What school did you go to!? Did they provide you with any VFX for games courses?
I went to Playgroundsquad in Sweden, a 2 year game dev school on the artist course. They didn’t have a VFX course. On the game projects you could make some effects but you had to learn by yourself. Was a really great school though and I learned a lot about 3d graphics.
Pfft. PSQers. SOFE for life!
I went to School Of Future Entertainment. A 2 year vocational school for digital graphics. Didn’t finish though (landed a job the third semester).
SOFE is dead now, but in my day there was some nice friendly competition between SOFE, PSQ and one other swedish school I forgot the name of.
They didn’t provide any vfx courses. We got to try unreal engine and we had some maya dynamics classes but that was pretty much it. The specializing was all out of ones own interest.
Haute Ecole Albert Jacquard, Belgium (Namur). A very cheap, yet very good graphic design school that offers a video game section. Unfortunately, there’s no VFX lessons (yet?). Learned how to make characters, environments, texturing, rigging, animation, scripting and basic drawing. A bit of everything. You’re supposed to specialize in the last year (and do an internship in a company) and build your own video game with a group of other students.
I really recommend it if you’re in Europe, since it was really cheap (about 300-400 euros per year), and offered decent courses taught by professionals.
Edit: Classes are in french.
Ringling College of Art and Design! Love it, I really really do. The teachers are really amazing, but of course you get out what you put in. I wouldn’t be where I am without Ringling, so as $$$ as it was, to me it was well worth it
They don’t teach VFX specifically, but you learn all areas of art with your first year dedicated to a solid arts foundation. 4 year degree with a bachelors in arts.
Another swedish playground squad’er here! I graduated 2014!
Their learning method is mostly pre-made assignments, In the end:
“you get out what you put in.” // @ShannonBerke
It has no VFX related courses, when I studied.
I was interested in learning FX but teachers told me to learn 3D basics first and the advance later into FX. I noticed how little I knew about 3D so I focused just getting those skills up, forgot a bit about FX with all this 3D learning frenzy and then got myself a internship, started showed interest in doing FX again and been doing it for quite sometime
Games & animation course in Rotterdam about 14 years ago.
Didnt learn anything about animation, nor games. (was their first year offering said course)
actually… looking at the debt I still owe…
I dont want to talk about it anymore
California State University - Chico. When I started the program it was Applied Computer Graphics, but when I finished they had changed it to Computer Animation and Game design. I started as modeling generalist, focused on character art, and then my final year decided to pursue rtvfx. There is no FX program, but there were courses that I got credit for, for pursuing and learning VFX, and there were other people who started studying things other than what was offered.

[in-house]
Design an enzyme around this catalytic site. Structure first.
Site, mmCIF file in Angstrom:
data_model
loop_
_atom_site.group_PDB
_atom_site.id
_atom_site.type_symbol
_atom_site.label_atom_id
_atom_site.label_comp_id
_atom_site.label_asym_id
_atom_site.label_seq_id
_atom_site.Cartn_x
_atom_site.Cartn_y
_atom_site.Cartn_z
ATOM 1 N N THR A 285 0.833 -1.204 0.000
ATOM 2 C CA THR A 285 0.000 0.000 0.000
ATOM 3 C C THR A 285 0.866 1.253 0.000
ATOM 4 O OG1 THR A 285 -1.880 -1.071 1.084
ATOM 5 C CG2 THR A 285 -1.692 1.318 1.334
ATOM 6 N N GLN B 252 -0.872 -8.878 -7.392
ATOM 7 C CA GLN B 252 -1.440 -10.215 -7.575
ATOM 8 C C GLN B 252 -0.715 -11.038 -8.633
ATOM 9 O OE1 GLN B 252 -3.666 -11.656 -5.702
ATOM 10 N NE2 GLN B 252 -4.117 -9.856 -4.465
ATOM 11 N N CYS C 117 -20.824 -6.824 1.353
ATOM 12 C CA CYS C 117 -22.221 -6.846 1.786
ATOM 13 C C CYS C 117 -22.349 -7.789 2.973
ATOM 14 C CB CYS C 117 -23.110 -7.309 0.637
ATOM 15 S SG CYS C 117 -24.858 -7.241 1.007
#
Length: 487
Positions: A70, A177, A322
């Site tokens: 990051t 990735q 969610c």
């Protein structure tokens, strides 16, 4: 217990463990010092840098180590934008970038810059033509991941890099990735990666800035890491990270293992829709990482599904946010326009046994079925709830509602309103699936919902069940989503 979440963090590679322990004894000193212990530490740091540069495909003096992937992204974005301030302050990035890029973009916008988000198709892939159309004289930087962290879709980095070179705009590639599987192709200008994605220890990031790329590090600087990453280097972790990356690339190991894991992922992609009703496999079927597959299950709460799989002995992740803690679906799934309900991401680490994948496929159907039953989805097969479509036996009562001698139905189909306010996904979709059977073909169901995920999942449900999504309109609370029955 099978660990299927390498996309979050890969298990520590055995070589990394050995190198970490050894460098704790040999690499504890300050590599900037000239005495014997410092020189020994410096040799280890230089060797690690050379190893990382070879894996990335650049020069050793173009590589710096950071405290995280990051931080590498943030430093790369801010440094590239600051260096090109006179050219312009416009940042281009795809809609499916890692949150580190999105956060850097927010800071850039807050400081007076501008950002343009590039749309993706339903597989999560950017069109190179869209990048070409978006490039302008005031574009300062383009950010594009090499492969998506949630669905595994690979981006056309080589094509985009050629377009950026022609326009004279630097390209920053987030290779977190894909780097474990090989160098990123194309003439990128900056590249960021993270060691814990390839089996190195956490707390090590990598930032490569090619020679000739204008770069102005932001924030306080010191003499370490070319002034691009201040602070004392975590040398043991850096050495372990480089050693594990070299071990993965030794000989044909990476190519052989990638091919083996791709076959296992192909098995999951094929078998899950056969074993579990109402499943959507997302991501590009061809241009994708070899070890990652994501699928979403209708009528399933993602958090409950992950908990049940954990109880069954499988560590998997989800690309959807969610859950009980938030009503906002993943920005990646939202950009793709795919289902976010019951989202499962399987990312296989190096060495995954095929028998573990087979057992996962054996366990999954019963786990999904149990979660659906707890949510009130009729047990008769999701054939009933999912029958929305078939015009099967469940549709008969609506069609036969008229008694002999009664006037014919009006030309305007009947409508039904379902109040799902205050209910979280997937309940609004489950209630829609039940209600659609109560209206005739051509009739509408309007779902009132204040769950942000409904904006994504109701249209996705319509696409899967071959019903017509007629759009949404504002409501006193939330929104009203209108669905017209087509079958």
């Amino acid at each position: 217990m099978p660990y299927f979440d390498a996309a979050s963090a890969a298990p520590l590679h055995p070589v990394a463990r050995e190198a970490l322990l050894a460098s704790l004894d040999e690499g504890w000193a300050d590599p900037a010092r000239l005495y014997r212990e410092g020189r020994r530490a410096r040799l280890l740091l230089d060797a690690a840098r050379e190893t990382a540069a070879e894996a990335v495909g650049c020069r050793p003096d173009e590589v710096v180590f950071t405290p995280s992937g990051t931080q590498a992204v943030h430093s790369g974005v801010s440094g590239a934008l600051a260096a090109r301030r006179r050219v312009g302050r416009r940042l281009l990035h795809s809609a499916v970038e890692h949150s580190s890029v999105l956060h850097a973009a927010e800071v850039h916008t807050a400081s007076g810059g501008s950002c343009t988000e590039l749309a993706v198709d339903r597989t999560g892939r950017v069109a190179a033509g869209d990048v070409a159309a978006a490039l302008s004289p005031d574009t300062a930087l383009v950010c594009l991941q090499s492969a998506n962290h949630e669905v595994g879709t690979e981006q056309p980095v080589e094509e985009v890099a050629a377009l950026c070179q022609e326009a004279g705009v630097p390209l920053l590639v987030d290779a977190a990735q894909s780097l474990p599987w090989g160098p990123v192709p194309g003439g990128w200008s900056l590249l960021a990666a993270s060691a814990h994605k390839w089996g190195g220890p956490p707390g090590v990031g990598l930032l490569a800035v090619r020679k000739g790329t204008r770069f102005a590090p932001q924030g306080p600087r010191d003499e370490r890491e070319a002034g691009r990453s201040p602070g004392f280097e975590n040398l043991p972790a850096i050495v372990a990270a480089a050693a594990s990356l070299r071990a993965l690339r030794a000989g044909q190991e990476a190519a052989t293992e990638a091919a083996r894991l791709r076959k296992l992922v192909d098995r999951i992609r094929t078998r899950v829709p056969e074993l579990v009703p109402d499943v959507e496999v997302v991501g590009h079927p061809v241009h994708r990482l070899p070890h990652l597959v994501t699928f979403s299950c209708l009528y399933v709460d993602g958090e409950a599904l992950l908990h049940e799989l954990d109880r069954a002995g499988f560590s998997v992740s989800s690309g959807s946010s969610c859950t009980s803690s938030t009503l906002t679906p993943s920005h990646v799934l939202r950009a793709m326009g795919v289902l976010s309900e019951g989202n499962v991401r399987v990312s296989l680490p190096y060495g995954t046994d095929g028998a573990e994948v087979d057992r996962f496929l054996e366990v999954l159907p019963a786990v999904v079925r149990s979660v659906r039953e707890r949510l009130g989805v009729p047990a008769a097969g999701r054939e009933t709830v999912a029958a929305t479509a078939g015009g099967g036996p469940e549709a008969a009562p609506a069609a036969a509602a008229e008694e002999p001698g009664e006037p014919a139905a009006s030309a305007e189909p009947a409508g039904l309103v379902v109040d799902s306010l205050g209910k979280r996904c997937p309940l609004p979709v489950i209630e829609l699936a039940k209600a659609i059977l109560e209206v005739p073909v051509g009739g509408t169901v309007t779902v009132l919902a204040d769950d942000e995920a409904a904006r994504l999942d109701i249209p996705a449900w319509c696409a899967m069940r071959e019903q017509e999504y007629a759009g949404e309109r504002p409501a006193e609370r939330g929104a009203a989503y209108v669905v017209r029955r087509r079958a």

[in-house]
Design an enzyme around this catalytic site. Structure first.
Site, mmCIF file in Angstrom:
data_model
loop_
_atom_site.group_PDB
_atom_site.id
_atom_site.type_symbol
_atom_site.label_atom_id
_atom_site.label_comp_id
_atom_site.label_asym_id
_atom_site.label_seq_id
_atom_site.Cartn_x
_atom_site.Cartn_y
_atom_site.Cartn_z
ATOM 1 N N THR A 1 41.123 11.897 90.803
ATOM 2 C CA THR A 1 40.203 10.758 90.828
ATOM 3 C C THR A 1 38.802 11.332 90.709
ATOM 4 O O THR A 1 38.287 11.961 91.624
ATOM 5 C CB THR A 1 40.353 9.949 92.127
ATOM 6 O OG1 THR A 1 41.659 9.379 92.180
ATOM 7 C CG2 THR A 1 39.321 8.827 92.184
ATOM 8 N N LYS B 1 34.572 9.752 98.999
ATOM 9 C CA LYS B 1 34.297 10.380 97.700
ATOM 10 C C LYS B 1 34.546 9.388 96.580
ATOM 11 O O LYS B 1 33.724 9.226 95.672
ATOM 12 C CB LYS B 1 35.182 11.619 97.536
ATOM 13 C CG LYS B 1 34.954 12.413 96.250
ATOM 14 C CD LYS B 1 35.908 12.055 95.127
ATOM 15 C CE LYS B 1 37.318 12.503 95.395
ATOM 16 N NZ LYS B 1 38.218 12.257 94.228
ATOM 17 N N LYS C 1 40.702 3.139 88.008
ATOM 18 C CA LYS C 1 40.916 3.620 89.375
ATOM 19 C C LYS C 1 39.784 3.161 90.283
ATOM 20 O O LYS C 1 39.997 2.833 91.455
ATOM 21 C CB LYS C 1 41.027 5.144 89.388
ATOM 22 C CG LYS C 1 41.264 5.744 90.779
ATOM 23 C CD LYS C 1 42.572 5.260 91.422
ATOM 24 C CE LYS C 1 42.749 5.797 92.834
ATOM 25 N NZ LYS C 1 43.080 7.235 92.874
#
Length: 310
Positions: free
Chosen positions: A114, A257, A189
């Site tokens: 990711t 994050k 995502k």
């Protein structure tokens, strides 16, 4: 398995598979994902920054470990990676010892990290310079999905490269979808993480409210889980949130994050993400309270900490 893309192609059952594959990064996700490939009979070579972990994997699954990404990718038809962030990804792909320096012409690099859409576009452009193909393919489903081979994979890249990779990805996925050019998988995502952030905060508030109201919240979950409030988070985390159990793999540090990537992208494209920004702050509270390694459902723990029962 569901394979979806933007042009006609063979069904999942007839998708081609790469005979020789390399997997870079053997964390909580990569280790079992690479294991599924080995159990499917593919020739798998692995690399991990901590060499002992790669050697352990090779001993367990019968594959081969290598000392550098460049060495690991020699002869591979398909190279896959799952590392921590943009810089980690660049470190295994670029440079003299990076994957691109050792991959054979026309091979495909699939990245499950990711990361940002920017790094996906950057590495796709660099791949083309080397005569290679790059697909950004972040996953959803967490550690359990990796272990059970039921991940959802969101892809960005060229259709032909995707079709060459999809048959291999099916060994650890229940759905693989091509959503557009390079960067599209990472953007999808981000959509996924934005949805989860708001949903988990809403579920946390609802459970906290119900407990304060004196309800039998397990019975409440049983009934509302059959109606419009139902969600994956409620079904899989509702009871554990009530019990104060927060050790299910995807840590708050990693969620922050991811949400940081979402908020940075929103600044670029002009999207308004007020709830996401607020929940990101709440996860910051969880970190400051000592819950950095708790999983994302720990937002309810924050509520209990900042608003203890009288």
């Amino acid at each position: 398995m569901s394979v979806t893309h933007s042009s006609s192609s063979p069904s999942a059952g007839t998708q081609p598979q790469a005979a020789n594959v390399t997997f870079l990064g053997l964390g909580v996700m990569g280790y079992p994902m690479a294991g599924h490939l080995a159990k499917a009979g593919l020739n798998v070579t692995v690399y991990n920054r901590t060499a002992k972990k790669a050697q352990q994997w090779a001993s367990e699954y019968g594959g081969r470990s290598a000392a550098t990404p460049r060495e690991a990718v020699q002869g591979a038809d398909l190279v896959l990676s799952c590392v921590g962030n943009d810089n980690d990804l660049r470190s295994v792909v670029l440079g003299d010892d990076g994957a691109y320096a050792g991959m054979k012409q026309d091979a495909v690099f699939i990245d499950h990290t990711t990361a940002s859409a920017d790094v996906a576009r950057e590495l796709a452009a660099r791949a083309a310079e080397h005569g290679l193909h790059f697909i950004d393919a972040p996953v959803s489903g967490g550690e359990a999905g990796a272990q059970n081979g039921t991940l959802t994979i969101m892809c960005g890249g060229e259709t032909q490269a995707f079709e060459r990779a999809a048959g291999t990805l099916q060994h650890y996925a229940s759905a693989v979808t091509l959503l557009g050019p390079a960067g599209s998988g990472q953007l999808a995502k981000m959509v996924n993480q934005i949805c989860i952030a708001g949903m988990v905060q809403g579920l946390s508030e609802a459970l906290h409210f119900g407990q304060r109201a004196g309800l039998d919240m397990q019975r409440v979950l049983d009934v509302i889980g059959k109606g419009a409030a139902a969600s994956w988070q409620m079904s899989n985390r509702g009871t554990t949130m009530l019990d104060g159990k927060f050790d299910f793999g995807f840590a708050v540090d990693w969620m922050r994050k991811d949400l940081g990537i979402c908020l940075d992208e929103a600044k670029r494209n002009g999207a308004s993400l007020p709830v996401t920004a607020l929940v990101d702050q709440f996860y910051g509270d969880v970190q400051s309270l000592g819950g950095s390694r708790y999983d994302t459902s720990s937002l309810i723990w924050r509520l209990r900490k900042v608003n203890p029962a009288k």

I have a double edged feeling towards the program since I started during a transitional period for the major. As (of right now) the 3 full time professors mainly went from school and straight into teaching at the school. The program is now more heavily focused on animation and has a makeshift mocap studio, but there are classes for almost every aspect of game production (modeling, rigging, lighting). My school also had it’s own game studio where the students work without anything but executive-level supervision from the professors and work on making games. It’s a 4 year program, but because it’s a division of the college of engineering, the degree is a bachelor’s of science and not art, so that’s versatile. It’s much cheaper than an art school, but the program is a “you get out what you put in” style program, so unfortunately you are working on modeling a character the same time you have a 10 page political science paper due the that week.
TL;DR - Much cheaper than an art school, more diverse curriculum than an art school, BS instead of a BA, less industry experience (with exception of the part time animation teacher from Weta), class credits for self learning a focus not taught, more social/ typical college experience in a college town.
For me it started at grade 10-12 (Swedish Gymnasium). I went to a very different type school. This school (Fryshuset, Stockholm) features something they call Passions. When I went there, 9 hours a week was on the curriculum and dedicated to the Passion. My Passion was Gamer (now called Gamedesign). We were taught programming basics in Java, Python, C++, PHP to name a few courses. This has proven to be really useful for me to have a solid programming foundation. Fryshuset offered many different type Passions when I went there (Basketball, Skateboard, Soccer, Dance, Rap, Ice-hockey, Swimming, Creative writing, Music producing, Theater). All classes were mixed with a few from each so there was a great variety of people to hang out with during regular classes. Awesome school. This is where I was first put together in a group of people where everyone shared the same common interest in games and computers and I loved it
Then I went to the same 2-year vocational as @Partikel, School of Future Entertainment, where I graduated 2008.
We got to try a bit of everything. I enjoyed tech-art courses the most (rigging, scripting, dynamics)
This was true for SOFE as well
I went at Fryshuset also! Those programming classes have been supringsly helpful in my career! Crazy how small this world.
Ice-hockey, what the hell
This sounds like a fantastic school, and I wish schools in the US were more like this. Too many kids get drowned in grades and test scores and I think most never find something the love to do
“back in my day” we didn’t these courses that provide VFX classes. We were lucky enough to have each other to learn from. We had the option of Power Animator, Raydream for our 3d needs. You guys have it easy these days
/End Grandpa voice